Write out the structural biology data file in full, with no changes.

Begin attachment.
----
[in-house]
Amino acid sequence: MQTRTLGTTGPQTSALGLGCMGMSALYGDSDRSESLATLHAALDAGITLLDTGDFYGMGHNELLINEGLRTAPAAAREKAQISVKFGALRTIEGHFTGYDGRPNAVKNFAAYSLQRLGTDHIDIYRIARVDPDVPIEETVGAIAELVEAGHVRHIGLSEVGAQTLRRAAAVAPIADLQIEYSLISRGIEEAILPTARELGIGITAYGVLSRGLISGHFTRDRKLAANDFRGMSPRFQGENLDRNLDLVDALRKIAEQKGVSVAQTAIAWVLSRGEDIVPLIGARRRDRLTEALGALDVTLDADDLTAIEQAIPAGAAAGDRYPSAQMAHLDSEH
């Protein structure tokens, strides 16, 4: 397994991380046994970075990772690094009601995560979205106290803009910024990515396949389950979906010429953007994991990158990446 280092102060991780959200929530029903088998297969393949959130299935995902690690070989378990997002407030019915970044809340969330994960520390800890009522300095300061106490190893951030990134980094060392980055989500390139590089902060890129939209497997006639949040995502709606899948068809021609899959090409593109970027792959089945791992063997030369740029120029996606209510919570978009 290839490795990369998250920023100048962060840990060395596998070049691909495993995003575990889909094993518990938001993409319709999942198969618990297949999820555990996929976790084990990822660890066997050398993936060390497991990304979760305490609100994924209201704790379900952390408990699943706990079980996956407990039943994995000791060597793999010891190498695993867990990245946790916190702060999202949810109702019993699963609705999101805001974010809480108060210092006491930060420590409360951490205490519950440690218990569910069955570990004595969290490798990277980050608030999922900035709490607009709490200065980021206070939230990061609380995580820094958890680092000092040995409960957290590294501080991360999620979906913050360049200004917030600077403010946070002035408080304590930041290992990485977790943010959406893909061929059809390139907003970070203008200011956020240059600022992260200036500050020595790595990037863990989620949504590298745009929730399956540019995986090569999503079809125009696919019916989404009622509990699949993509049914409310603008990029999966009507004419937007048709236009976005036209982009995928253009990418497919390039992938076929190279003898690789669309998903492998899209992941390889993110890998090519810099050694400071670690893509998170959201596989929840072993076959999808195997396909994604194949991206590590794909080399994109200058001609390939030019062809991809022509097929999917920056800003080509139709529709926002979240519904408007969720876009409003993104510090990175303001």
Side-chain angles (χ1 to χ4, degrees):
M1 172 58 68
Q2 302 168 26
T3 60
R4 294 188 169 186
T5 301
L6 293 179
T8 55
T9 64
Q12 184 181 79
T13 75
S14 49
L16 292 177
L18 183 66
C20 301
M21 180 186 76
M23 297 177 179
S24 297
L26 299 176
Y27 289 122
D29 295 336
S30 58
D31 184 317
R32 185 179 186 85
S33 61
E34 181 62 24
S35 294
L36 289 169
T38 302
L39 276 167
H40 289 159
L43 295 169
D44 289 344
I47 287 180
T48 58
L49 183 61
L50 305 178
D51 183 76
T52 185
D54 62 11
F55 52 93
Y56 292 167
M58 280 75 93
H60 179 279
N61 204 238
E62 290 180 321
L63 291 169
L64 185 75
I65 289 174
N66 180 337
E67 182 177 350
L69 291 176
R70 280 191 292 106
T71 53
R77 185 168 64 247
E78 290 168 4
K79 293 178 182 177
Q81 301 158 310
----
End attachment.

[in-house]
Amino acid sequence: MQTRTLGTTGPQTSALGLGCMGMSALYGDSDRSESLATLHAALDAGITLLDTGDFYGMGHNELLINEGLRTAPAAAREKAQISVKFGALRTIEGHFTGYDGRPNAVKNFAAYSLQRLGTDHIDIYRIARVDPDVPIEETVGAIAELVEAGHVRHIGLSEVGAQTLRRAAAVAPIADLQIEYSLISRGIEEAILPTARELGIGITAYGVLSRGLISGHFTRDRKLAANDFRGMSPRFQGENLDRNLDLVDALRKIAEQKGVSVAQTAIAWVLSRGEDIVPLIGARRRDRLTEALGALDVTLDADDLTAIEQAIPAGAAAGDRYPSAQMAHLDSEH
């Protein structure tokens, strides 16, 4: 397994991380046994970075990772690094009601995560979205106290803009910024990515396949389950979906010429953007994991990158990446 280092102060991780959200929530029903088998297969393949959130299935995902690690070989378990997002407030019915970044809340969330994960520390800890009522300095300061106490190893951030990134980094060392980055989500390139590089902060890129939209497997006639949040995502709606899948068809021609899959090409593109970027792959089945791992063997030369740029120029996606209510919570978009 290839490795990369998250920023100048962060840990060395596998070049691909495993995003575990889909094993518990938001993409319709999942198969618990297949999820555990996929976790084990990822660890066997050398993936060390497991990304979760305490609100994924209201704790379900952390408990699943706990079980996956407990039943994995000791060597793999010891190498695993867990990245946790916190702060999202949810109702019993699963609705999101805001974010809480108060210092006491930060420590409360951490205490519950440690218990569910069955570990004595969290490798990277980050608030999922900035709490607009709490200065980021206070939230990061609380995580820094958890680092000092040995409960957290590294501080991360999620979906913050360049200004917030600077403010946070002035408080304590930041290992990485977790943010959406893909061929059809390139907003970070203008200011956020240059600022992260200036500050020595790595990037863990989620949504590298745009929730399956540019995986090569999503079809125009696919019916989404009622509990699949993509049914409310603008990029999966009507004419937007048709236009976005036209982009995928253009990418497919390039992938076929190279003898690789669309998903492998899209992941390889993110890998090519810099050694400071670690893509998170959201596989929840072993076959999808195997396909994604194949991206590590794909080399994109200058001609390939030019062809991809022509097929999917920056800003080509139709529709926002979240519904408007969720876009409003993104510090990175303001």
Side-chain angles (χ1 to χ4, degrees):
M1 172 58 68
Q2 302 168 26
T3 60
R4 294 188 169 186
T5 301
L6 293 179
T8 55
T9 64
Q12 184 181 79
T13 75
S14 49
L16 292 177
L18 183 66
C20 301
M21 180 186 76
M23 297 177 179
S24 297
L26 299 176
Y27 289 122
D29 295 336
S30 58
D31 184 317
R32 185 179 186 85
S33 61
E34 181 62 24
S35 294
L36 289 169
T38 302
L39 276 167
H40 289 159
L43 295 169
D44 289 344
I47 287 180
T48 58
L49 183 61
L50 305 178
D51 183 76
T52 185
D54 62 11
F55 52 93
Y56 292 167
M58 280 75 93
H60 179 279
N61 204 238
E62 290 180 321
L63 291 169
L64 185 75
I65 289 174
N66 180 337
E67 182 177 350
L69 291 176
R70 280 191 292 106
T71 53
R77 185 168 64 247
E78 290 168 4
K79 293 178 182 177
Q81 301 158 310